Testing for Radon
Tennessee State Radon Page
Test Kit Information Page: Free Radon Test Kit from the Tennessee Department of Environment and Conservation (TDEC).
Radon Gas in Tennessee
The US Surgeon General strongly urges everyone in the US to test for Radon gas.
Although certain areas of the state have higher levels of radon then others, radon has been detected in every county in Tennessee. The Tennessee Department of Environment and Conservation (TDEC) recommends you test your home for radon. There are no exceptions! Every home in Tennessee should be tested.
The EPA recommends that you retest your home every two years. Free test kits can be obtained from the Tennesee Radon Program by using the Online Test Kit Request Form, or by calling the Tennessee Department of Environment and Conservation (TDEC).
Levels between 4-20 pCi/l are very common. Homes are only occasionally far above 20 pCi/l, however we have fixed Tennessee* homes with continuous spikes over 80 pCi/L. It would take approximately 2,500 radon atoms per square inch to create a radon concentration of 4pCi/L.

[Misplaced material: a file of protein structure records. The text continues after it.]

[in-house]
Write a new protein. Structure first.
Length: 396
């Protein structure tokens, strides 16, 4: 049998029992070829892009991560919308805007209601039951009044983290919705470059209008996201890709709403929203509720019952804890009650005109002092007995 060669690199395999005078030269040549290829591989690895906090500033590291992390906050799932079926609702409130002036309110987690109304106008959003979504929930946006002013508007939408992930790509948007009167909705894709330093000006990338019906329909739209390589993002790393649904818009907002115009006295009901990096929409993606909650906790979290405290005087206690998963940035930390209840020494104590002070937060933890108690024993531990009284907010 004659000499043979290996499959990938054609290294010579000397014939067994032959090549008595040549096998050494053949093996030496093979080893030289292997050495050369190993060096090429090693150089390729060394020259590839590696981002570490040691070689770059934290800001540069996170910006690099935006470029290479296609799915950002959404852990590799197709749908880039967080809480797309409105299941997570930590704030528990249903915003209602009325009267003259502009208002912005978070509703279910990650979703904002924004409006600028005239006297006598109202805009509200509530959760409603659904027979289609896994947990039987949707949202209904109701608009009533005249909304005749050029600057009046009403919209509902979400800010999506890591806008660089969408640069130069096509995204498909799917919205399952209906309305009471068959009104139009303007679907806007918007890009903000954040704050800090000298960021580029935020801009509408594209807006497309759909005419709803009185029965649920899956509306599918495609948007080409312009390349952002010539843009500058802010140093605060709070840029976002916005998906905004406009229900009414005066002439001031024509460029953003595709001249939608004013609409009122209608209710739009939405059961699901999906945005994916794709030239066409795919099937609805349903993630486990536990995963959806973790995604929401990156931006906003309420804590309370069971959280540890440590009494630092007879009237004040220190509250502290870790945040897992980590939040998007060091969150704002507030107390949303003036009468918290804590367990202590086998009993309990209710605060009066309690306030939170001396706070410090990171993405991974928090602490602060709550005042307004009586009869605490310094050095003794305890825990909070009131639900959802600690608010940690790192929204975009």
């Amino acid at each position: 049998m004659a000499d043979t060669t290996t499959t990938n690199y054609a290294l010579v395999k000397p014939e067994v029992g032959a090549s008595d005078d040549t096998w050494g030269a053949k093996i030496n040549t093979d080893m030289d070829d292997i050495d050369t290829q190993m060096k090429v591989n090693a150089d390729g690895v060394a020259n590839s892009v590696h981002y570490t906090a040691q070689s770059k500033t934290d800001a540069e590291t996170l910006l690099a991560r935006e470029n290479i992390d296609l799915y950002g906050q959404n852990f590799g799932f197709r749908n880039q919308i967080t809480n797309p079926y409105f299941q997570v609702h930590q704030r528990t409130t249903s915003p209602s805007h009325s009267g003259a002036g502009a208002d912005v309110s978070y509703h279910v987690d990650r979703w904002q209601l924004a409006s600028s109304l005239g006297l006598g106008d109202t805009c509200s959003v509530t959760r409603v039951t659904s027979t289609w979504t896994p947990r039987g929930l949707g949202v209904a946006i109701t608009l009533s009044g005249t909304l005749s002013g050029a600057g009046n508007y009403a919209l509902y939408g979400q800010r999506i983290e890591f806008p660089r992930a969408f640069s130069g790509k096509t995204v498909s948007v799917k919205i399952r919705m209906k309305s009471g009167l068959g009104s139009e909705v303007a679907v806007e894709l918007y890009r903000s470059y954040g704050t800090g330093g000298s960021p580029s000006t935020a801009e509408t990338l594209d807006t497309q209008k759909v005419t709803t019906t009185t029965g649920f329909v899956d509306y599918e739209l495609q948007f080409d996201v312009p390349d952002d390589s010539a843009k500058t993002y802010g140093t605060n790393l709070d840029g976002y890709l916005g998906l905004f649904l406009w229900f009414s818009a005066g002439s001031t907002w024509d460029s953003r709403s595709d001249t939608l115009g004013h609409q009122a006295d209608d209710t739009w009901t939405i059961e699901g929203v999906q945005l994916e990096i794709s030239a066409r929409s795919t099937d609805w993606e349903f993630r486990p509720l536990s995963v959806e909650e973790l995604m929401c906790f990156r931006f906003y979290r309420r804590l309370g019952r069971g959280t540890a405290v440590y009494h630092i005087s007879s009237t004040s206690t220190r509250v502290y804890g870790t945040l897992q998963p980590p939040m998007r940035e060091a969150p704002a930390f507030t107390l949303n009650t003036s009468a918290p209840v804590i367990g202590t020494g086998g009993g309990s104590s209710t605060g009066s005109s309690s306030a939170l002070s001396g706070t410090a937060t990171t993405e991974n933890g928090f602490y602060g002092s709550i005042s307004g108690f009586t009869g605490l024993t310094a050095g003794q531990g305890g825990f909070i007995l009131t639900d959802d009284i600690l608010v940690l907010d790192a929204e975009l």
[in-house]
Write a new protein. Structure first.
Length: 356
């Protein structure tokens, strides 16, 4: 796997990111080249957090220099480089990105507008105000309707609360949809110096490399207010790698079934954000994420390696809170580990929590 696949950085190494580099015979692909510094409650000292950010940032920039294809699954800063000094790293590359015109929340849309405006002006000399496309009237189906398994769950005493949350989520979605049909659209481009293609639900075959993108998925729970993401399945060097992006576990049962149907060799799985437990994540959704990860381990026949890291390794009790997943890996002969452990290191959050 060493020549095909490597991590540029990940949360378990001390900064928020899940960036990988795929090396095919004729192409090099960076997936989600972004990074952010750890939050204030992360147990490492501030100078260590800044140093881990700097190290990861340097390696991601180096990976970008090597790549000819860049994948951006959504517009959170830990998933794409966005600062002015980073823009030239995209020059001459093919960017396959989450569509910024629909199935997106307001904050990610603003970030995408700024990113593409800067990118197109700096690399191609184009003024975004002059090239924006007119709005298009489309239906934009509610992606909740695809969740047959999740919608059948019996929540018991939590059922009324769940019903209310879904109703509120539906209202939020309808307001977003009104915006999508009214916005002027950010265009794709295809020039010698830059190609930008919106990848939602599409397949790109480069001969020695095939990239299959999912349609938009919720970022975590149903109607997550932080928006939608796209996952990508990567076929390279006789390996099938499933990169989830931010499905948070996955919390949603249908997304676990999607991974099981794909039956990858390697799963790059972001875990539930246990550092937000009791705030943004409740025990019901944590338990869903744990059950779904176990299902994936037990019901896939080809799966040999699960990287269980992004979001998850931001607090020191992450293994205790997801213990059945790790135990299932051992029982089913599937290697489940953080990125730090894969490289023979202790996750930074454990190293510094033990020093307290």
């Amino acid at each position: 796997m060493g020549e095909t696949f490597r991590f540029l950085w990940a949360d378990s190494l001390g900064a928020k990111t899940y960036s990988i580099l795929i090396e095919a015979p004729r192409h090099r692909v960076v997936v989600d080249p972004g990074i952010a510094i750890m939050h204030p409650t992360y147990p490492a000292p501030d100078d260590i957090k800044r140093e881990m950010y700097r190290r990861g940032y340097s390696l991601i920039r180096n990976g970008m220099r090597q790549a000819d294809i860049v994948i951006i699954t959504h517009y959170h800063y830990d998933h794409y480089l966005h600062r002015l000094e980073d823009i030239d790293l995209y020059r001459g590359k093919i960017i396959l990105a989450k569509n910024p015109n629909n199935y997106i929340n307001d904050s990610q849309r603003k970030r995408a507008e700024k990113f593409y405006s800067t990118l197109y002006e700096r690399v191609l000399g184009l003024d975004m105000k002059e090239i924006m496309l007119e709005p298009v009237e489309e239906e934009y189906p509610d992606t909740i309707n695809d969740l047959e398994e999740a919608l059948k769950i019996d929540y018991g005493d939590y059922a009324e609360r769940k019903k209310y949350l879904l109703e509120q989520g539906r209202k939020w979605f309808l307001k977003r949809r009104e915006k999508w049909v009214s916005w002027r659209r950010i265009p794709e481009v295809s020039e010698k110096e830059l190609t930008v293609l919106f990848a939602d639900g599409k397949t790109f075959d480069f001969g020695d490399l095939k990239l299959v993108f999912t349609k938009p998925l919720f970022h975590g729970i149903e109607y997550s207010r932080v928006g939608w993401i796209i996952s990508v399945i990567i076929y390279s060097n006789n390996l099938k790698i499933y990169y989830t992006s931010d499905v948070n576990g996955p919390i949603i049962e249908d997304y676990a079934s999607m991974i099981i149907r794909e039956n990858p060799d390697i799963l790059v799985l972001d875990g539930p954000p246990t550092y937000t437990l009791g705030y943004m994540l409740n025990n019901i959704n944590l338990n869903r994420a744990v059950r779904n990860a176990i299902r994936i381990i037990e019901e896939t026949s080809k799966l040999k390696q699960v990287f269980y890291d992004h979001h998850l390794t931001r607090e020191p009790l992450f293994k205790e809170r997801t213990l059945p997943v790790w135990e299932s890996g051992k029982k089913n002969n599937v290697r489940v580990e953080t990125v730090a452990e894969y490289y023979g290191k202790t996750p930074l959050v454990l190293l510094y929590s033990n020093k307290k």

You cannot estimate radon levels based upon the homes age, location, design or test results from a neighbor's home.
- There are no symptoms from radon exposure.
- You can't see radon.
- And you cannot smell it or taste it.
All homes should be tested in a real estate transaction, regardless if they have a radon reduction system. Homes with radon systems should be retested at least every two years.
Radon is measured in PicoCuries per Liter of Air, (pCi/L). Pico = one trillionth.
1pCi/L = 2.22 decays per minute per liter of air. So then, 4pCi/L equals 10 decays per liter of air per minute.
Testing is the only way to know.
About 1 in 15 homes across the United States is estimated to have Radon levels exceeding the EPA's action level. One in every 5 homes in Tennessee* are believed to be above the acceptable EPA limit. The only way to know if a home has a problem with radon gas is to test.
Free test kits can be obtained from the Tennesee Radon Program by using the Online Test Kit Request Form, or by calling the Tennessee Department of Environment and Conservation (TDEC).